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Consider the Armadillo

Thursday, February 12, 2015

The nine-banded armadillo is an oddity to me. I know nothing about them other than what I've read. My encounters have been limited to a few minutes each, near dusk, in Florida, or perhaps poring over my first roadkill in amazement.

So what I'm going to give you here you could get about anywhere, but it's interesting to me. The armadillo is a collection of bizarre characteristics rolled into leathery armor. It's not just a possum in a can.

The armadillo family (Dasypodidae) finds its richest expression in South  America, where it originated. They belong to the superorder Xenarthra, along with the anteaters and sloths.  Paraguay has 11 species of armadillo. By the early Pleistocene, nine-banded armadillos had used the Isthmus of Panama to invade North America, where they range as far north as central Indiana and Nebraska, and east to Florida and South Carolina. I had no idea there were Hoosier armadillos. Nebraska? They must be more cold-tolerant than they look. My gosh. Whatever do they do in the winter, when there are no ants and termites and beetle grubs to eat? I read that they retreat underground to escape the cold, but they are unable to hibernate, and die in freezing temperatures. Soooo....what are they doing in the Great Plains? Expanding their range, and dying out each winter at its northern terminus? Scratching my head here.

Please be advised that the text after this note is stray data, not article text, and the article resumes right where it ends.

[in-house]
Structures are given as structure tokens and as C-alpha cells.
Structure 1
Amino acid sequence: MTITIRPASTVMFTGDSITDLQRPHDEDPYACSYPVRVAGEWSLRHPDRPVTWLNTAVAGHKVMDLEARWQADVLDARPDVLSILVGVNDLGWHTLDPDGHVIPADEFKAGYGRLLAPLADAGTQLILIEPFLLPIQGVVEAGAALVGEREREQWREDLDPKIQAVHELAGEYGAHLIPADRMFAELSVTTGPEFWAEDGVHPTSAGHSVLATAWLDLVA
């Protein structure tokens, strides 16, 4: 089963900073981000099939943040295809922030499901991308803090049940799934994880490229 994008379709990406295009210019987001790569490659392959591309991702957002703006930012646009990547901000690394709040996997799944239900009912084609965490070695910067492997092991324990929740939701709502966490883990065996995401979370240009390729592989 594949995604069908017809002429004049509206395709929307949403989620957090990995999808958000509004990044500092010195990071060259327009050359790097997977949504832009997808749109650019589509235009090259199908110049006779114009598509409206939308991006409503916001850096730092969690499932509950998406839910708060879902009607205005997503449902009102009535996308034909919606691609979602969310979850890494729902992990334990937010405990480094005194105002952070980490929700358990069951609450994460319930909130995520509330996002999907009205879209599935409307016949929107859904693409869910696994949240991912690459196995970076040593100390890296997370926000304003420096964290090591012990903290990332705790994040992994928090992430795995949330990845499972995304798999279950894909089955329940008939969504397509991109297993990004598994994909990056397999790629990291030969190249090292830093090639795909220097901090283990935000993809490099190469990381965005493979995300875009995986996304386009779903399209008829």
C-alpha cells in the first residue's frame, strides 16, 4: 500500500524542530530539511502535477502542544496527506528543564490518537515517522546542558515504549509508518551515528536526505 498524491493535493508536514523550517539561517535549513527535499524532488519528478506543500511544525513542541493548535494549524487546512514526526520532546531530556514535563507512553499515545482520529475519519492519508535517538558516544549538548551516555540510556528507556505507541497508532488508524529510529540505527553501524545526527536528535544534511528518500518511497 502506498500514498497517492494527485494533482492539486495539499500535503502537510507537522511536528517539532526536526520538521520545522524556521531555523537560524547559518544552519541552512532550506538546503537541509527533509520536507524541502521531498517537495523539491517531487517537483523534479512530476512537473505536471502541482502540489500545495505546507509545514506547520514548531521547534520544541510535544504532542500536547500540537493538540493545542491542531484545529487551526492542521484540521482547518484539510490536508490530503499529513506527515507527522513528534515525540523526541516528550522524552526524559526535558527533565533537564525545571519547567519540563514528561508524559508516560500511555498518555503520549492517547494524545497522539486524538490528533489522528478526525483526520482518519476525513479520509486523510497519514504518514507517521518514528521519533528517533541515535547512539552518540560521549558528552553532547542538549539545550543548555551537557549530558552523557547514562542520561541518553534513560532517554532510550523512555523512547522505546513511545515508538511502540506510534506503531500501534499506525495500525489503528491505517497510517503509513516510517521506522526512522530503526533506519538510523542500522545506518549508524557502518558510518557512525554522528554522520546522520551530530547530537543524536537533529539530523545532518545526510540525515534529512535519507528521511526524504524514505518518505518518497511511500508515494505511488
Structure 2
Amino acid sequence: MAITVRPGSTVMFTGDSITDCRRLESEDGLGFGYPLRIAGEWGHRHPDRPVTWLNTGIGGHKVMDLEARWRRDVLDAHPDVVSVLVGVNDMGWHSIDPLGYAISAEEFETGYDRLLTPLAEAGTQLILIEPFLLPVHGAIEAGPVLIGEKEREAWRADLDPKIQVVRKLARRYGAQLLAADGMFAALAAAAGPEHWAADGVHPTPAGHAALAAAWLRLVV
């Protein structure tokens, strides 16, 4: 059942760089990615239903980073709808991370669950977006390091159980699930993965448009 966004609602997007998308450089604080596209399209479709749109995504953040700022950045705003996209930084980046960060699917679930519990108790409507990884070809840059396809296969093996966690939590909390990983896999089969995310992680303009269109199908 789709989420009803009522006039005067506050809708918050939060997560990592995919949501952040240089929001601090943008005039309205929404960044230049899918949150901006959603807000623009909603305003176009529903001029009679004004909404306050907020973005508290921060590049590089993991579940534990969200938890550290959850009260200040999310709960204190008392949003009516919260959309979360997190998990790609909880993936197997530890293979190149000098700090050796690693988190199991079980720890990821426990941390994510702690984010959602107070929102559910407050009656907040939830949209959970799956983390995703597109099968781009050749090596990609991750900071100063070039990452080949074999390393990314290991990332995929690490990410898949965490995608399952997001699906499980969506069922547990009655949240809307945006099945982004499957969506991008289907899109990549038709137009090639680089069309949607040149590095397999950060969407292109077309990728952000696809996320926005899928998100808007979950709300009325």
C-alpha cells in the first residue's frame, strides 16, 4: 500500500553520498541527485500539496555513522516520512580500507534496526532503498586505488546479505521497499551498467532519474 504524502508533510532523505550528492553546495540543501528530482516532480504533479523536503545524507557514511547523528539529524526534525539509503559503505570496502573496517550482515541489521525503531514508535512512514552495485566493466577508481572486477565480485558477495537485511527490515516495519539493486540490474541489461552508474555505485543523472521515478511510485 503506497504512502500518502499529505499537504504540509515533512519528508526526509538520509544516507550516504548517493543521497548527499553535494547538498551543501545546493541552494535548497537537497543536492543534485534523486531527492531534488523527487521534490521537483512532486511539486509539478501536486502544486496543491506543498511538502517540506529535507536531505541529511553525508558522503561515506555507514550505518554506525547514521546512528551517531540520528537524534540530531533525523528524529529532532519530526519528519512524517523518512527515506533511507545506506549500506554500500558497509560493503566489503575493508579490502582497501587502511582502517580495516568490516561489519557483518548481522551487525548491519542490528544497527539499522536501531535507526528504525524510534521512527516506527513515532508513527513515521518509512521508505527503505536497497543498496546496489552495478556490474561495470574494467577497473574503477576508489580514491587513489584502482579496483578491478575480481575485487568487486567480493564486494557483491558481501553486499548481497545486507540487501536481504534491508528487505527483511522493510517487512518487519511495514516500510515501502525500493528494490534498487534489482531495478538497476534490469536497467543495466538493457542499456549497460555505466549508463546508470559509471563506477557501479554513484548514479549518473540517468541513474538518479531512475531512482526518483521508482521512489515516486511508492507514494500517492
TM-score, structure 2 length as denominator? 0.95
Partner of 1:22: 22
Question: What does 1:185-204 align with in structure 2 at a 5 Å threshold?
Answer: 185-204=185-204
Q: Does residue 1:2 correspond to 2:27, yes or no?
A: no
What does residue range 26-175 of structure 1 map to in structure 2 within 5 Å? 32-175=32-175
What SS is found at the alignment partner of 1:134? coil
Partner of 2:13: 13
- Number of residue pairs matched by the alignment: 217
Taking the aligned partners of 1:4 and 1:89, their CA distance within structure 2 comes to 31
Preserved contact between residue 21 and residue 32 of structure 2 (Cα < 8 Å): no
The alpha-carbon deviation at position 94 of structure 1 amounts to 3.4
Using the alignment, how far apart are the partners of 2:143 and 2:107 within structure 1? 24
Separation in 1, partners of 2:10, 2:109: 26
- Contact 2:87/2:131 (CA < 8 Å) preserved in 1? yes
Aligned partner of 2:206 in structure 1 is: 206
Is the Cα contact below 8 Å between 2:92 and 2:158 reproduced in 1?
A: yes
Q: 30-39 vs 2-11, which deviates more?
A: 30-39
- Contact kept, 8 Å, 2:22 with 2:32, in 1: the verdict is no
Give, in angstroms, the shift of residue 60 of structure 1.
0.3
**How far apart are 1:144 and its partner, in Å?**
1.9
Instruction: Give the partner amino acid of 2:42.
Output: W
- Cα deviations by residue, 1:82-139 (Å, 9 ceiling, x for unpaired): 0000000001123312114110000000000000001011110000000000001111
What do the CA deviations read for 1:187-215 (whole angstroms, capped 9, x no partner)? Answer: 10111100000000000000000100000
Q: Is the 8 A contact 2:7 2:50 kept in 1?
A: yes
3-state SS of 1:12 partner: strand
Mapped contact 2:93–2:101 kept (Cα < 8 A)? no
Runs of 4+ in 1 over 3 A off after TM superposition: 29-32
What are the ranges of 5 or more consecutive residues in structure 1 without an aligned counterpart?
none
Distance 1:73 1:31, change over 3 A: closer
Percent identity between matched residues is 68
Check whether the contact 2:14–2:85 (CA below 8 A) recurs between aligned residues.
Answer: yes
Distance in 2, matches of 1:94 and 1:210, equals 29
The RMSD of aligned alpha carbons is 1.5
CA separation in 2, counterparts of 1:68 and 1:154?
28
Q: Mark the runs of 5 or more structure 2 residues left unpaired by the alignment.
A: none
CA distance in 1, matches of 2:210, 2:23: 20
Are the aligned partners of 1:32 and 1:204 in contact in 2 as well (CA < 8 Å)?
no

Stay in Florida, little armadillo. Though I'm sure there are many who'd like to export you.

So this little animal in a can is puttering alongside the car and I'm staring at it as if it time traveled in that can because we have nothing like this in Ohio. It's an edentate, an insectivore. It gives birth to four IDENTICAL young, same sex, from a single egg that splits into four parts. So it'll have identical quadruplets, all boys or all girls. 
Because of this, and the fact that armadillos can contract leprosy, they've attracted attention of lab researchers. When you have four identical twins to work with, you can do all kinds of experiments on the animals without worrying about your results varying because of genetic differences between them. 

 The perfect lab animal. Lucky armadillos!

They look like they're walking on tiptoe all the time, on their heavy clawed toes.  They can dig very fast, and disappear almost before your eyes in nice loamy loose soil.

photo by Liam Thompson

Their armor is so beautiful. I kept wondering what an armadillo skeleton might look like--what's under all that? The armor is a combination of dermal bone and horn. Amazing. The bands remind me of those rubbery accordion-folded connectors between subway cars. The design of the animal is quite amazing. I was thrilled to find this photo of an armadillo skeleton!